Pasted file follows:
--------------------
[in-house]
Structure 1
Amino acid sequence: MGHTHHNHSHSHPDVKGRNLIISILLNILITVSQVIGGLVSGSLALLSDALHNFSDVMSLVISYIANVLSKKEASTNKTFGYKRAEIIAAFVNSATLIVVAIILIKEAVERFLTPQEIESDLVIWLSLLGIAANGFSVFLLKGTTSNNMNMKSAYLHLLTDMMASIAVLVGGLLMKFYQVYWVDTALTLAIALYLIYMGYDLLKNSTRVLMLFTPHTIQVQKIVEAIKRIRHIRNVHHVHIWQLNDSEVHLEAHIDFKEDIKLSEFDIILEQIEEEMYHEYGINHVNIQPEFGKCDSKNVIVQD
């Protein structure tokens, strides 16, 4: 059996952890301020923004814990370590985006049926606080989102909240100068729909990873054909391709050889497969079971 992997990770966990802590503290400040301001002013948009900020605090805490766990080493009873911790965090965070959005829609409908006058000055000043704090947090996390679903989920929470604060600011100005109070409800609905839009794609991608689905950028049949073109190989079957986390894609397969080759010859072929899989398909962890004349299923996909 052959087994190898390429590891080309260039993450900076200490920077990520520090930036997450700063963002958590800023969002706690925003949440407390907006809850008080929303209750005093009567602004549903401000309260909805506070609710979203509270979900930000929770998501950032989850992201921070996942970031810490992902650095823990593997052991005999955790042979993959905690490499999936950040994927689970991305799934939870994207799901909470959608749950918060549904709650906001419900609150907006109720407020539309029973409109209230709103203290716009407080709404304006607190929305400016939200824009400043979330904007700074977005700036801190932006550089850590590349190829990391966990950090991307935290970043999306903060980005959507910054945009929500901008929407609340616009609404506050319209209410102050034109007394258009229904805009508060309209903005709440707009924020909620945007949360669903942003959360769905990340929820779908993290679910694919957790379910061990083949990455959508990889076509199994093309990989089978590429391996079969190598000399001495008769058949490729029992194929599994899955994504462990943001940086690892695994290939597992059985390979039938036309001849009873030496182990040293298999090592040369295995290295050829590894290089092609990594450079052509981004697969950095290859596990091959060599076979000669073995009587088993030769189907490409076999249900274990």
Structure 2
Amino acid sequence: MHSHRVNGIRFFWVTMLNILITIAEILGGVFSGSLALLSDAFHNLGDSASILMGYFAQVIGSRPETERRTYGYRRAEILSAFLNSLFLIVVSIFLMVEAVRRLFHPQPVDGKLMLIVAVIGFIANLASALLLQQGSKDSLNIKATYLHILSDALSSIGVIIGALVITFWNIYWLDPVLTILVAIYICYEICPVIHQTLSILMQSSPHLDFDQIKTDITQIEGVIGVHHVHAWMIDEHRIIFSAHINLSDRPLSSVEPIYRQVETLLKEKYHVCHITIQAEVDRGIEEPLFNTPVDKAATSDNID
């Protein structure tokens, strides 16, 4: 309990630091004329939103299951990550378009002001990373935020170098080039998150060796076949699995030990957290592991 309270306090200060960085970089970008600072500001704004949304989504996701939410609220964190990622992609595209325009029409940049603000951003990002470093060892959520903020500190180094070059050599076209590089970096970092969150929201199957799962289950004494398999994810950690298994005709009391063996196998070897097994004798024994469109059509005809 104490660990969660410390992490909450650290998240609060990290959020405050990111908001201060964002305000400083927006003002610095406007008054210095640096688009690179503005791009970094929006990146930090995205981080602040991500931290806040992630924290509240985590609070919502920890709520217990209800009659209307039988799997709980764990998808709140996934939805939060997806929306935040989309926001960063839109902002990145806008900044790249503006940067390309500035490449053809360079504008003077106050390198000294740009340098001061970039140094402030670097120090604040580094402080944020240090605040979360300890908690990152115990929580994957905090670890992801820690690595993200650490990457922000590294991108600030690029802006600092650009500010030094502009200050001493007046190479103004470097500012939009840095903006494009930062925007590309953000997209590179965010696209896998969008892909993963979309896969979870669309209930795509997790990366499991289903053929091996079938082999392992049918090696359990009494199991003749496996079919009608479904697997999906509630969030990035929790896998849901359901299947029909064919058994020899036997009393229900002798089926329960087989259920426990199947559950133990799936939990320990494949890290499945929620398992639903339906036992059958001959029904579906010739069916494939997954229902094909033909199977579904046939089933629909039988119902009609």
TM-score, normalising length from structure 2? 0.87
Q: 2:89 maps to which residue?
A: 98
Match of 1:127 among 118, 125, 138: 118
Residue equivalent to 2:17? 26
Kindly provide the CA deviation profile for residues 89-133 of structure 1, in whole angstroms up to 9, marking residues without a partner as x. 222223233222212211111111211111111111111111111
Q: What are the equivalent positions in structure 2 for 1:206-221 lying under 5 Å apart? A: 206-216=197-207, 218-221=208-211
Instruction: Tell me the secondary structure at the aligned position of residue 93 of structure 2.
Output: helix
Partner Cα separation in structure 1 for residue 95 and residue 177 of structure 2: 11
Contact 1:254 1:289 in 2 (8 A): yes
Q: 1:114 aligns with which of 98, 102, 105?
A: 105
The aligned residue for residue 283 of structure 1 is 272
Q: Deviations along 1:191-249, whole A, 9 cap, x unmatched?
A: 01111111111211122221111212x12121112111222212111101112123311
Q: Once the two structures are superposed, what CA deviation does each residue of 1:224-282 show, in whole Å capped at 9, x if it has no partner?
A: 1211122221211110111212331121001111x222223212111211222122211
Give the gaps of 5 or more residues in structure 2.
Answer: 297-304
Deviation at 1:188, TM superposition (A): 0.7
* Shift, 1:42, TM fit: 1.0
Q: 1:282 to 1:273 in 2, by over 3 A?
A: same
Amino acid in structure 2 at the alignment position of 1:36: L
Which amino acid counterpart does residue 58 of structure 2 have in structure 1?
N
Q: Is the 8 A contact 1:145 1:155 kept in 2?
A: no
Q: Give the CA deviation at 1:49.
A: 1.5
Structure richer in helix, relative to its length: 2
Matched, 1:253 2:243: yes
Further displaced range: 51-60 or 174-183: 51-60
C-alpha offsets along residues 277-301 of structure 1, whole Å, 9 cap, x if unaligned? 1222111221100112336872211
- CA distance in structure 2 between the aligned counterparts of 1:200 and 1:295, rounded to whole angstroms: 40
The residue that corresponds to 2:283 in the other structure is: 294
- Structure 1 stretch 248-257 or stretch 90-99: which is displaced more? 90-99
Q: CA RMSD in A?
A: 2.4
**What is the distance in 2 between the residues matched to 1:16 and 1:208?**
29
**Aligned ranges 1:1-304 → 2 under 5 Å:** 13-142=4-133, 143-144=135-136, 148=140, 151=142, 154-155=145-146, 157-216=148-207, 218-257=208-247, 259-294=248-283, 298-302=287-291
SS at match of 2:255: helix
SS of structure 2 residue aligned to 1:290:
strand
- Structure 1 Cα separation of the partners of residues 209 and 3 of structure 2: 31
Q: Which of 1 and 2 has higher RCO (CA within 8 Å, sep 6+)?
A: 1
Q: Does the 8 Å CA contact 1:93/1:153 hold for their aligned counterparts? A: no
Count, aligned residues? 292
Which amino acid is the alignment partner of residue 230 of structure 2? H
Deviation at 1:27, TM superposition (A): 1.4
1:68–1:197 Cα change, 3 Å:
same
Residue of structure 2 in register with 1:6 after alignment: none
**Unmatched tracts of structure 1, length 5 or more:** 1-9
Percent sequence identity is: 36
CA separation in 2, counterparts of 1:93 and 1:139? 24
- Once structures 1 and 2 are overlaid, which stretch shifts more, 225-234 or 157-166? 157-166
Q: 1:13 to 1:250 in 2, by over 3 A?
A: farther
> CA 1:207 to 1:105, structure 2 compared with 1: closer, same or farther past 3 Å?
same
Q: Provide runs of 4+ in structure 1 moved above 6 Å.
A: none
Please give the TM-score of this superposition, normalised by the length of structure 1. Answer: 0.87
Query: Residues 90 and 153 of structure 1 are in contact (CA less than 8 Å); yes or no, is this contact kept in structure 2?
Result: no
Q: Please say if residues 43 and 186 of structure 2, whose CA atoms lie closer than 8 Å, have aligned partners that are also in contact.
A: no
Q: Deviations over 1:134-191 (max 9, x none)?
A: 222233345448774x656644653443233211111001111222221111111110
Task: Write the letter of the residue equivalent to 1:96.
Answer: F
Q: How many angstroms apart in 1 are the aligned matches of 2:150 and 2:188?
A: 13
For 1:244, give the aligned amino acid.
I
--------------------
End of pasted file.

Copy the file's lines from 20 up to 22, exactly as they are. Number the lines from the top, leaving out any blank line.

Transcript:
A: 105
The aligned residue for residue 283 of structure 1 is 272
Q: Deviations along 1:191-249, whole A, 9 cap, x unmatched?